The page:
One way to tell that you are making choices and acting from a place of fear is when you are Finding Excuses And Reasons (F.
E.
A.
R.
) to do or not do something so that you can ultimately stay right where you are, hold yourself back.
Here are 4 steps to examine your self-sabotaging pattern of behavior.
1.
State the pattern, the repeating unwanted experience.
Unwanted experiences can include unsupportive or even damaging personal and business relationships or performance anxiety of any kind including stage performances, auditions, interviews, networking, presenting your work to a person of authority and calling up your agent.
2.
Examine the beliefs and thought processes that lead to the choices and actions that created the unwanted experience.
Ask yourself, "What within me is creating this experience over and over again?" Common fear based thoughts and beliefs include a fear of criticism or rejection that are stated in as an "I'm not __ (talented, smart, young, pretty, experienced, etc.
) enough".
2.
Test the validity of the underlying fear.
Is the fear true? Is it absolutely true? Can you identify any experience where you were, indeed - enough? Can you identify other people or other events that fly in the face of this belief? For example, if you are over 40 and you believe there are no roles for actors over 40 can to find any examples of actors over 40 who are working steadily in their craft? What specific circumstances trigger your fear? Is there a pattern? Can you think of an early experience of this fear? What happened? 3.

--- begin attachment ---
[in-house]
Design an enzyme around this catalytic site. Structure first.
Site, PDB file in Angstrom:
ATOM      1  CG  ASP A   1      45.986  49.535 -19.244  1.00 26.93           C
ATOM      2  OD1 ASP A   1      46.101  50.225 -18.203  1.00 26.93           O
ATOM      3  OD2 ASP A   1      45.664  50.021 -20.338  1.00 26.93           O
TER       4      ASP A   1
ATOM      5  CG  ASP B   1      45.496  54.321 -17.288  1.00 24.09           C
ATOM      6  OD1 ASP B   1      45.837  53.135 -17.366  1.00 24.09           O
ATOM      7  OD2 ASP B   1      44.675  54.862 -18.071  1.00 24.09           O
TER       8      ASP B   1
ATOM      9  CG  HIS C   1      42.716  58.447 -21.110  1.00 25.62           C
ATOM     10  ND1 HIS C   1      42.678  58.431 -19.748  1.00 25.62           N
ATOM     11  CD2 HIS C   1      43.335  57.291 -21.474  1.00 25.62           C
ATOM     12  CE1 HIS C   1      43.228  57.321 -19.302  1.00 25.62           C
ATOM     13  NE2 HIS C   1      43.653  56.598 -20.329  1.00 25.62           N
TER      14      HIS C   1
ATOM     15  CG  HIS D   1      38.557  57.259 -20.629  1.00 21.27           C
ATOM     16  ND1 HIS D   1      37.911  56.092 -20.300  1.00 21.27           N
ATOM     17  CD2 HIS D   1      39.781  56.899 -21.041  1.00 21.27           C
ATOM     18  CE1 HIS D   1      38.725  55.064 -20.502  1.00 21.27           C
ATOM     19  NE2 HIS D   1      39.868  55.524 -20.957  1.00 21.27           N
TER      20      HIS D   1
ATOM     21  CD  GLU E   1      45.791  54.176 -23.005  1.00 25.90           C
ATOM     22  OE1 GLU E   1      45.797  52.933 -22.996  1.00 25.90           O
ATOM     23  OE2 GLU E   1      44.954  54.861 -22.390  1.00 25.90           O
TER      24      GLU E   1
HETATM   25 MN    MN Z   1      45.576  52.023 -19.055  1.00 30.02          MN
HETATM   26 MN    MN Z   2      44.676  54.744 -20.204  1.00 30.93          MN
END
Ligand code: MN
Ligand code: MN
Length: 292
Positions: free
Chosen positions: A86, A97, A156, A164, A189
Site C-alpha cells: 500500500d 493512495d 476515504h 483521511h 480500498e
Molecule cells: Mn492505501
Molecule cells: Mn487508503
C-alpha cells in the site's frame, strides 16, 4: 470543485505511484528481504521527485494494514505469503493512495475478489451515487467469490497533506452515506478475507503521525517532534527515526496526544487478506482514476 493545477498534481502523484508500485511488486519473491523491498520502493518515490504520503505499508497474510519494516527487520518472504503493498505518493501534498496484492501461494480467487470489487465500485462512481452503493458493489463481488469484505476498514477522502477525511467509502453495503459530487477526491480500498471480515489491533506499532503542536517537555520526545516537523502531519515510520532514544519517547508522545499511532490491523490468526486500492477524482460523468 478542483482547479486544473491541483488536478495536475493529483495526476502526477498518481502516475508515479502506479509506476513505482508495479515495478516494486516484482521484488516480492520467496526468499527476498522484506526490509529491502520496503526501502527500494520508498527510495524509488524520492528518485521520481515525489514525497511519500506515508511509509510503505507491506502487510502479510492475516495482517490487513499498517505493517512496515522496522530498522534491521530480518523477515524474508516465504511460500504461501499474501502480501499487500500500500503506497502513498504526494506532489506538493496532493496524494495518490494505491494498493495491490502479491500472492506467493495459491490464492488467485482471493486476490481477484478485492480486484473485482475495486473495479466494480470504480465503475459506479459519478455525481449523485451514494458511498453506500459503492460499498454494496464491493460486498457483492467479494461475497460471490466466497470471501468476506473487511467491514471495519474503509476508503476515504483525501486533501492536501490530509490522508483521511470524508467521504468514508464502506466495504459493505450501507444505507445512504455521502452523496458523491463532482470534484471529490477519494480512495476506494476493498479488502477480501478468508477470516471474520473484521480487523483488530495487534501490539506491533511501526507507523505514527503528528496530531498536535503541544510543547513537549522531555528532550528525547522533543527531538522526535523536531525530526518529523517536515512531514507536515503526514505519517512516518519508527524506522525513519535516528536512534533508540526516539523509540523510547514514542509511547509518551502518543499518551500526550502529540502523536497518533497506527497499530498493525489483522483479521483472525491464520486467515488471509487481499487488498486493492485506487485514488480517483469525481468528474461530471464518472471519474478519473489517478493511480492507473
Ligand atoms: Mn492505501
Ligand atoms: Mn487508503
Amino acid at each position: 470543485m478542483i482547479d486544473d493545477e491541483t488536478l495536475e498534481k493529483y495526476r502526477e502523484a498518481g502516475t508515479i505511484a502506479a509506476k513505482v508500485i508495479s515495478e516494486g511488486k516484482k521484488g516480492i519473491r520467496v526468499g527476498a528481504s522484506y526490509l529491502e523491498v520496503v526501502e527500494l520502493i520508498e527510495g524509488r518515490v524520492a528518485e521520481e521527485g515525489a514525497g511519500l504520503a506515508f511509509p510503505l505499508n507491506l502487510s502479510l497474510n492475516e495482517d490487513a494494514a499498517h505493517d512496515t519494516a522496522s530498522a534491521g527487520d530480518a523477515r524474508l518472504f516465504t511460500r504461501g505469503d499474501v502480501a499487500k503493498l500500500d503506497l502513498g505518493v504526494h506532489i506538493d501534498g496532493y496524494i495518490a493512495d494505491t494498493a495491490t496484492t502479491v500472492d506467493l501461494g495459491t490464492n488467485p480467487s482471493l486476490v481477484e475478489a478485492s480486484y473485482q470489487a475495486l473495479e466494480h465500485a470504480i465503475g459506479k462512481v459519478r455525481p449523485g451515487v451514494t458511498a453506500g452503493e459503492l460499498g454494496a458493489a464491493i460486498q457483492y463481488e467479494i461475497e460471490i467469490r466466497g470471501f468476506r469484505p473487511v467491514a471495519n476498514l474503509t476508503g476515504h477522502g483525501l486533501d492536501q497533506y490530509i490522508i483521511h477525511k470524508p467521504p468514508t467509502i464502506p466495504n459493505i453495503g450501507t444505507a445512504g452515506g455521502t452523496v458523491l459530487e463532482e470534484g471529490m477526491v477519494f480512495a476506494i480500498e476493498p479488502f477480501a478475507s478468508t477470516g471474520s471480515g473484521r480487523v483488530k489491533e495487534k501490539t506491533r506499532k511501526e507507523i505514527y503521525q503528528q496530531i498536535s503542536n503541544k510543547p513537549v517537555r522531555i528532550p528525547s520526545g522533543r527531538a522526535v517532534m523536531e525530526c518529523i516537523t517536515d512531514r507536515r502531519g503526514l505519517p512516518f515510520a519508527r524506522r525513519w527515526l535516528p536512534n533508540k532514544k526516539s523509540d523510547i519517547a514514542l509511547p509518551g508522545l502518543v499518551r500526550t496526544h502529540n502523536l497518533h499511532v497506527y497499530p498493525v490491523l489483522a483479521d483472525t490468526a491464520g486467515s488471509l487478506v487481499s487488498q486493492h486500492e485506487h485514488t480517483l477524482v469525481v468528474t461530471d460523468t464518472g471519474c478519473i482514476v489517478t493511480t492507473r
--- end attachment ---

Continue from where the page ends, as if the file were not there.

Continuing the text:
What would your life be like if you didn't cling onto your comfort zone? Who would you be, what would you have, what could you do if you didn't have this fear running you? Imagine and visualize yourself showing up in your life every day as that person.
Try it on even if only as a costume at first.
What choice would a person living that life make as the events of your day unfolds? 4.
Check how you feel.
Your emotions are indicators of whether you've moved into or out of fear.
Simply stated, you don't feel good when you are functioning from a place of fear.
You can experience that sick in the pit of your stomach feeling, physical symptoms such as sweaty palms or a desire to Fuggedabout Everything And Run (F.
E.
A.
R.
).
From now on this feeling is a signal to you to stop and take a moment to deliberately and clearly make a newer and better choice; a choice that will result in a different action that will deliver a better outcome, a different experience that breaks the unwanted pattern of behavior from the past.
If you're feeling good about yourself, your potential and the opportunities available to you then you are mastering your fear.
You are headed in the direction of your dreams.
You have moved beyond the old unwanted comfort zone into a new zone that supports your desires.
If at some point you notice that you slipped back into that not so good feeling of fear just know that you are reacting to the voice of that frightened little Inner Critic who is still scared of this new way of being.
Calm it down as you would a 4 year old and show this Inner Critic that you are still very safe even if you venture into newer and bigger experiences.
"Ultimately we know deeply that the other side of every fear is freedom.
" - Marilyn Ferguson Copyright (c) 2009 Valery Satterwhite